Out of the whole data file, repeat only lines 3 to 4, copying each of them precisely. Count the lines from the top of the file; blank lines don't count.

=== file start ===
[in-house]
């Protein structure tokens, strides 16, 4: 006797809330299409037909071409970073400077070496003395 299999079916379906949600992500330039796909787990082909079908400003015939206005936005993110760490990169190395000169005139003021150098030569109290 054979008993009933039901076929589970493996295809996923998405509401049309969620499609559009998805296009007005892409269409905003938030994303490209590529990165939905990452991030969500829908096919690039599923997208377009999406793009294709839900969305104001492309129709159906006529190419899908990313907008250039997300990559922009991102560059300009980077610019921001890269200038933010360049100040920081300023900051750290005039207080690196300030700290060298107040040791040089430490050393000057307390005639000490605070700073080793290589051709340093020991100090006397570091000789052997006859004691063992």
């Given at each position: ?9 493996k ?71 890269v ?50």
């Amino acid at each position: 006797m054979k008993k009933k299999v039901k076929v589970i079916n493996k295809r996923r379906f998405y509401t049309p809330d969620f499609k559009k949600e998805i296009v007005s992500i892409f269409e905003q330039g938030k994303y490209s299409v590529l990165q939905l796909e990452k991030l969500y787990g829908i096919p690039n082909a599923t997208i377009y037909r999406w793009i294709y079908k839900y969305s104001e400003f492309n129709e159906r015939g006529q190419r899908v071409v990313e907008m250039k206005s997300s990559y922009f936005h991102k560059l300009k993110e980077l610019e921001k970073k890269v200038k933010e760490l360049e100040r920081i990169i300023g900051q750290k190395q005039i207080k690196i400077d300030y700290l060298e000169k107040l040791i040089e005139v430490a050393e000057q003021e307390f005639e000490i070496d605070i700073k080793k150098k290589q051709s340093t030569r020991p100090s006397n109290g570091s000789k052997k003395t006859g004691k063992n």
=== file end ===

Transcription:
């Given at each position: ?9 493996k ?71 890269v ?50």
């Amino acid at each position: 006797m054979k008993k009933k299999v039901k076929v589970i079916n493996k295809r996923r379906f998405y509401t049309p809330d969620f499609k559009k949600e998805i296009v007005s992500i892409f269409e905003q330039g938030k994303y490209s299409v590529l990165q939905l796909e990452k991030l969500y787990g829908i096919p690039n082909a599923t997208i377009y037909r999406w793009i294709y079908k839900y969305s104001e400003f492309n129709e159906r015939g006529q190419r899908v071409v990313e907008m250039k206005s997300s990559y922009f936005h991102k560059l300009k993110e980077l610019e921001k970073k890269v200038k933010e760490l360049e100040r920081i990169i300023g900051q750290k190395q005039i207080k690196i400077d300030y700290l060298e000169k107040l040791i040089e005139v430490a050393e000057q003021e307390f005639e000490i070496d605070i700073k080793k150098k290589q051709s340093t030569r020991p100090s006397n109290g570091s000789k052997k003395t006859g004691k063992n």